As well, the map, as the portal to the archive, ignores the many small hostels, receiving homes, orphanages, and sanatoria that Indigenous children attended as a part of their educational experience throughout the nineteenth and twentieth centuries. It is, therefore, important for historians to critically engage with the NCTR in ways that can challenge some its operating assumptions and call attention to its gaps in an effort to open new avenues of historical research and political action.
Perhaps, though, it is most important to consider what the NCTR might symbolize and provide for Indigenous peoples themselves. Bringing much of the IRS collection into one space allows former students, survivors, and families the opportunity to consider their histories and those of loved ones, ancestors, and those who remain strangers due to the tragic consequences of Indian education policy. Yet, although the online tools will be useful to some, there are many Indigenous communities, especially in northern and ‘remote’ locations, that lack reliable internet access or online capabilities and thus will not be able to access the Centre’s resources.
Further, travelling to the Centre in Winnipeg comes at a steep financial cost, one that many Indigenous peoples cannot afford, particularly those coming from communities where basic human rights of clean drinking water, healthcare, and affordable food are not provided. Finally, for those who are able to access the records, but continue to suffer the lived and intergenerational effects of colonialism, we wonder what kind of supports, if any, will be offered by the NCTR. Researching and writing about traumatic histories – histories that continue to unfold before our eyes – can be trying for settler Canadians, let alone Indigenous people themselves.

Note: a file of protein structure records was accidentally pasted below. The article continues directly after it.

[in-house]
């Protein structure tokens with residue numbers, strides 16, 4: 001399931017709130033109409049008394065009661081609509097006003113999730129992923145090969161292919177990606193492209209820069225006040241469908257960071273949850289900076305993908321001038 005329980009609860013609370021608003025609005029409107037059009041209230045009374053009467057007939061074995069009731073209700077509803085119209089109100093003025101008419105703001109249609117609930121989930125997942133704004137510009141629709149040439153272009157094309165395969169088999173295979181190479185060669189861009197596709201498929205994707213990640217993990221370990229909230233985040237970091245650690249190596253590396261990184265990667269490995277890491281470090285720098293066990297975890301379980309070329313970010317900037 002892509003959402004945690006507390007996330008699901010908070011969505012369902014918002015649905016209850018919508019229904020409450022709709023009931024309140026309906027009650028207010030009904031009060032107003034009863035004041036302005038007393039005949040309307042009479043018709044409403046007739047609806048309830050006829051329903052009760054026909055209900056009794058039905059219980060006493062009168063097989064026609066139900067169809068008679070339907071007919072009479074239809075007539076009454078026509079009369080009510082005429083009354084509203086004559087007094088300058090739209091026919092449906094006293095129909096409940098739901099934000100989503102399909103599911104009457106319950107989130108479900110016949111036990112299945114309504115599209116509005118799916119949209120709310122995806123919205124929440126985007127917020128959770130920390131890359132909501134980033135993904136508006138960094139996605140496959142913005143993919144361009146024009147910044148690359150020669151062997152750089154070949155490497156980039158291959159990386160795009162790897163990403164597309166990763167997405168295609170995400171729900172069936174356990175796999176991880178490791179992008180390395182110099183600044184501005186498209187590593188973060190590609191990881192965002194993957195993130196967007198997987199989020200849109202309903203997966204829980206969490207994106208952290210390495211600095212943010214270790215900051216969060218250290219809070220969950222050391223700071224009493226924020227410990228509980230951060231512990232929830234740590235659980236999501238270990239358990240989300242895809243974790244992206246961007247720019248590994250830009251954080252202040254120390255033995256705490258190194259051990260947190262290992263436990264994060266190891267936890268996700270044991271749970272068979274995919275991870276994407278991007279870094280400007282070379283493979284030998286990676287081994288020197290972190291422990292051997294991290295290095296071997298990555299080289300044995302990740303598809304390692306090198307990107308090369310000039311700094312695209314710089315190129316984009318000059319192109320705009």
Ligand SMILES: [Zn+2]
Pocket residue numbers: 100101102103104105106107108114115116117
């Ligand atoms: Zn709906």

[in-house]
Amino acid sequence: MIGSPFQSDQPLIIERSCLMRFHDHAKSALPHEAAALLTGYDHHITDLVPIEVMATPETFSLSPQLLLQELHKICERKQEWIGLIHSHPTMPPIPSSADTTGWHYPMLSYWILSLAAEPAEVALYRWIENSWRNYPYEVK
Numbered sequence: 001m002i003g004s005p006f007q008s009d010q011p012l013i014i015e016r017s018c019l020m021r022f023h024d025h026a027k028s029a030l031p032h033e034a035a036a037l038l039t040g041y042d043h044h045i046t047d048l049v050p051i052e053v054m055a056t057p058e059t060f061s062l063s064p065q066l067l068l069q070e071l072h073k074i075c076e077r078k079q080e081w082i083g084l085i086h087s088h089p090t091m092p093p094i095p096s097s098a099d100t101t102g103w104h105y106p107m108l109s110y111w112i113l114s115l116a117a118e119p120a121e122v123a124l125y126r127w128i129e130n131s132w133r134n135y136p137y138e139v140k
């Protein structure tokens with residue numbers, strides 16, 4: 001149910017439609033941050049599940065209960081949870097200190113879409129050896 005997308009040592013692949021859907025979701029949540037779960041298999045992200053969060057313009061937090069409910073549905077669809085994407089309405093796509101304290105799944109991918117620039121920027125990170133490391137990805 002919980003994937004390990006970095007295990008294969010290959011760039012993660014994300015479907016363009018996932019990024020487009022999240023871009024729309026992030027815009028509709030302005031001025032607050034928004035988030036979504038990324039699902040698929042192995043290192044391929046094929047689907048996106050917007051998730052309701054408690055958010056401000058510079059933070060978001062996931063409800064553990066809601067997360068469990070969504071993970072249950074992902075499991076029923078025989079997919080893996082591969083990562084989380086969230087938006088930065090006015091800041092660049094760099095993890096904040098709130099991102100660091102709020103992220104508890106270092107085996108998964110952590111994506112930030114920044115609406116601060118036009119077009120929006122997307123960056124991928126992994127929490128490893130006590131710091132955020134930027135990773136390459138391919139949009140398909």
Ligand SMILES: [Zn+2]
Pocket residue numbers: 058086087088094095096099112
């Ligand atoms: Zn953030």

After so many years of denial, disrespect, and delay, the recent acknowledgement of residential schools culminating in the opening of the NCTR is certainly a welcomed development in Indigenous-settler relations in Canada. The Centre’s physical space and digital platform will facilitate a greater understanding of the history of residential schooling in Canada, which is desperately needed.
We are confident that the NCTR will play a vital role in creating greater awareness about Indigenous issues and strengthening relations between Indigenous and non-Indigenous peoples today and in the future. Nevertheless, as Crystal Fraser and Ian Mosby and Sean Carleton have recently suggested on this site, there is still so much to learn about colonial schooling in Canada. As people engage with the NCTR it is imperative to be aware of its controversial, incomplete, and limited nature, and to think critically about how it might shape the future of residential schooling research.
Sean Carleton is a PhD Candidate in the Frost Centre for Canadian Studies & Indigenous Studies at Trent University and an executive member of the Canadian History of Education Association (CHEA/ACHE). His research looks at the history of colonialism, capitalism, and education in Canada.
Crystal Fraser is a PhD Candidate in the Department of History and Classics at the University of Alberta. Gwich’in and originally from Inuvik, Northwest Territories, Crystal’s research analyzes the lived experiences of Indigenous peoples at residential schools in the Northwest Territories during the second half of the twentieth century.
John Milloy is a Professor Emeritus at Trent University, a former Director of Research for the TRC, and the author of ‘A National Crime’: The Canadian Government and the Residential School System, 1879 to 1986.
[i] For more on the problems with the IRSSA and the work of the Truth and Reconciliation Commission, see John Milloy, “Doing Public History in Canada’s Truth and Reconciliation Commission,” The Public Historian, 35, no.4 (November 2013): 10–19. See also, Glen Sean Coulthard, Red Skin, White Masks: Rejecting the Colonial Politics of Recognition (Minneapolis: University of Minnesota Press, 2014).
[ii] Linda Tuhwai Smith, Decolonizing Methodologies: Research and Indigenous Peoples (Dunedin: University of Otago Press, 1999); John Lutz, Makúk: A New History of Aboriginal-White Relations (Vancouver: University of British Columbia Press, 2008; Ann Laura Stoler, Along the Archival Grain: Epistemic Anxieties and Colonial Common Sense (Princeton: University of Princeton Press, 2009).